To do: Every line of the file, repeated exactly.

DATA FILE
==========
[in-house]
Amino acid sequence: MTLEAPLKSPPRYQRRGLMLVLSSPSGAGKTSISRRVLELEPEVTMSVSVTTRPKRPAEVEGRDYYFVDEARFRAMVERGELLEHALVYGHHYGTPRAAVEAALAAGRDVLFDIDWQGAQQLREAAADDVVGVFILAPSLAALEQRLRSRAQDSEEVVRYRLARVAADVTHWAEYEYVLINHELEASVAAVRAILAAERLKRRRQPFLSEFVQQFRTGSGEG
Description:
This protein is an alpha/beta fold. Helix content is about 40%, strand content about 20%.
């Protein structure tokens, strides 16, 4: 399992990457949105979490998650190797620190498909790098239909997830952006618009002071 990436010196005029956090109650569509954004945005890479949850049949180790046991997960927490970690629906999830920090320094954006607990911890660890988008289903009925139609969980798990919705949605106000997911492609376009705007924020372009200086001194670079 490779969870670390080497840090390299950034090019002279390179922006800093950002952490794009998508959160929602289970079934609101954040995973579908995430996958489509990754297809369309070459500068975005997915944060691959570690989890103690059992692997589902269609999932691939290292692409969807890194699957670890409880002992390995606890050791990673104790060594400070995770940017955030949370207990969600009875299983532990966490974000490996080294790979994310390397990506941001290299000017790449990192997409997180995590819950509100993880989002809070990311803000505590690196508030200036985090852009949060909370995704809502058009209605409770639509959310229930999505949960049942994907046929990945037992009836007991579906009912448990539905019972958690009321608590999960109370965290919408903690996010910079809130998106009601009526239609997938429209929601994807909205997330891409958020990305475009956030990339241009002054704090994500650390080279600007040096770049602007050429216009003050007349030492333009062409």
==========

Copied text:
[in-house]
Amino acid sequence: MTLEAPLKSPPRYQRRGLMLVLSSPSGAGKTSISRRVLELEPEVTMSVSVTTRPKRPAEVEGRDYYFVDEARFRAMVERGELLEHALVYGHHYGTPRAAVEAALAAGRDVLFDIDWQGAQQLREAAADDVVGVFILAPSLAALEQRLRSRAQDSEEVVRYRLARVAADVTHWAEYEYVLINHELEASVAAVRAILAAERLKRRRQPFLSEFVQQFRTGSGEG
Description:
This protein is an alpha/beta fold. Helix content is about 40%, strand content about 20%.
């Protein structure tokens, strides 16, 4: 399992990457949105979490998650190797620190498909790098239909997830952006618009002071 990436010196005029956090109650569509954004945005890479949850049949180790046991997960927490970690629906999830920090320094954006607990911890660890988008289903009925139609969980798990919705949605106000997911492609376009705007924020372009200086001194670079 490779969870670390080497840090390299950034090019002279390179922006800093950002952490794009998508959160929602289970079934609101954040995973579908995430996958489509990754297809369309070459500068975005997915944060691959570690989890103690059992692997589902269609999932691939290292692409969807890194699957670890409880002992390995606890050791990673104790060594400070995770940017955030949370207990969600009875299983532990966490974000490996080294790979994310390397990506941001290299000017790449990192997409997180995590819950509100993880989002809070990311803000505590690196508030200036985090852009949060909370995704809502058009209605409770639509959310229930999505949960049942994907046929990945037992009836007991579906009912448990539905019972958690009321608590999960109370965290919408903690996010910079809130998106009601009526239609997938429209929601994807909205997330891409958020990305475009956030990339241009002054704090994500650390080279600007040096770049602007050429216009003050007349030492333009062409």